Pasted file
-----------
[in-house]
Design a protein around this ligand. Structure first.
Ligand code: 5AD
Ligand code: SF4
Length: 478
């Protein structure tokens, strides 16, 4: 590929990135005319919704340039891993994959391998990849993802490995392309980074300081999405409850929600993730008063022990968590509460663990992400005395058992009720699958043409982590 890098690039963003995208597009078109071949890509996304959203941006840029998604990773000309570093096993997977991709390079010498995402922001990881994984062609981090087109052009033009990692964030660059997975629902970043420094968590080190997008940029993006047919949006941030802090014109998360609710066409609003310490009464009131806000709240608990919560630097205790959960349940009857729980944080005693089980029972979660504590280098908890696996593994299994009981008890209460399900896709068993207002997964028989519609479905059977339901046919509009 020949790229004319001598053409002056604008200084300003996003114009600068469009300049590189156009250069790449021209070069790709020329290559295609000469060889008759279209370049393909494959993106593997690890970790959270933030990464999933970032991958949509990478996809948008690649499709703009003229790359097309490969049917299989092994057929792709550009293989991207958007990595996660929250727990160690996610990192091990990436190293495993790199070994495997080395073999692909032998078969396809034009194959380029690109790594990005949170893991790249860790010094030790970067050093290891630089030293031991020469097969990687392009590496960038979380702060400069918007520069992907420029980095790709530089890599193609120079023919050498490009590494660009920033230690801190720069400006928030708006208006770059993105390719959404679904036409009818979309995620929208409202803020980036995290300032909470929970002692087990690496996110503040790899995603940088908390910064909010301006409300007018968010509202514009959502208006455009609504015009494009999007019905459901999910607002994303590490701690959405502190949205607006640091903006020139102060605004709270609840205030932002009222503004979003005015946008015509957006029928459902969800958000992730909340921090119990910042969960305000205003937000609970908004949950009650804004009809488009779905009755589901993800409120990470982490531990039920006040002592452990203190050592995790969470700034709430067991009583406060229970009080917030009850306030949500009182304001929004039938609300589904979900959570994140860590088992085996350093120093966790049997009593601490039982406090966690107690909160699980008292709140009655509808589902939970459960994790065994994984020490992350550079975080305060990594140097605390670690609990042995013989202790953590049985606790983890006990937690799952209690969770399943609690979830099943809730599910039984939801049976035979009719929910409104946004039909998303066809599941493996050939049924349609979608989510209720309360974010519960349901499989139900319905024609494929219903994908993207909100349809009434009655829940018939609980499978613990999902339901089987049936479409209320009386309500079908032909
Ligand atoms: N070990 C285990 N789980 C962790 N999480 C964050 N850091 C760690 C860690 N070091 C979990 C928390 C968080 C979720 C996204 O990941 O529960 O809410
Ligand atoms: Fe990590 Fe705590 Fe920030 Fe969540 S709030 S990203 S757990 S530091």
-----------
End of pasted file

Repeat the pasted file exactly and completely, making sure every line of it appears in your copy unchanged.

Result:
[in-house]
Design a protein around this ligand. Structure first.
Ligand code: 5AD
Ligand code: SF4
Length: 478
């Protein structure tokens, strides 16, 4: 590929990135005319919704340039891993994959391998990849993802490995392309980074300081999405409850929600993730008063022990968590509460663990992400005395058992009720699958043409982590 890098690039963003995208597009078109071949890509996304959203941006840029998604990773000309570093096993997977991709390079010498995402922001990881994984062609981090087109052009033009990692964030660059997975629902970043420094968590080190997008940029993006047919949006941030802090014109998360609710066409609003310490009464009131806000709240608990919560630097205790959960349940009857729980944080005693089980029972979660504590280098908890696996593994299994009981008890209460399900896709068993207002997964028989519609479905059977339901046919509009 020949790229004319001598053409002056604008200084300003996003114009600068469009300049590189156009250069790449021209070069790709020329290559295609000469060889008759279209370049393909494959993106593997690890970790959270933030990464999933970032991958949509990478996809948008690649499709703009003229790359097309490969049917299989092994057929792709550009293989991207958007990595996660929250727990160690996610990192091990990436190293495993790199070994495997080395073999692909032998078969396809034009194959380029690109790594990005949170893991790249860790010094030790970067050093290891630089030293031991020469097969990687392009590496960038979380702060400069918007520069992907420029980095790709530089890599193609120079023919050498490009590494660009920033230690801190720069400006928030708006208006770059993105390719959404679904036409009818979309995620929208409202803020980036995290300032909470929970002692087990690496996110503040790899995603940088908390910064909010301006409300007018968010509202514009959502208006455009609504015009494009999007019905459901999910607002994303590490701690959405502190949205607006640091903006020139102060605004709270609840205030932002009222503004979003005015946008015509957006029928459902969800958000992730909340921090119990910042969960305000205003937000609970908004949950009650804004009809488009779905009755589901993800409120990470982490531990039920006040002592452990203190050592995790969470700034709430067991009583406060229970009080917030009850306030949500009182304001929004039938609300589904979900959570994140860590088992085996350093120093966790049997009593601490039982406090966690107690909160699980008292709140009655509808589902939970459960994790065994994984020490992350550079975080305060990594140097605390670690609990042995013989202790953590049985606790983890006990937690799952209690969770399943609690979830099943809730599910039984939801049976035979009719929910409104946004039909998303066809599941493996050939049924349609979608989510209720309360974010519960349901499989139900319905024609494929219903994908993207909100349809009434009655829940018939609980499978613990999902339901089987049936479409209320009386309500079908032909
Ligand atoms: N070990 C285990 N789980 C962790 N999480 C964050 N850091 C760690 C860690 N070091 C979990 C928390 C968080 C979720 C996204 O990941 O529960 O809410
Ligand atoms: Fe990590 Fe705590 Fe920030 Fe969540 S709030 S990203 S757990 S530091």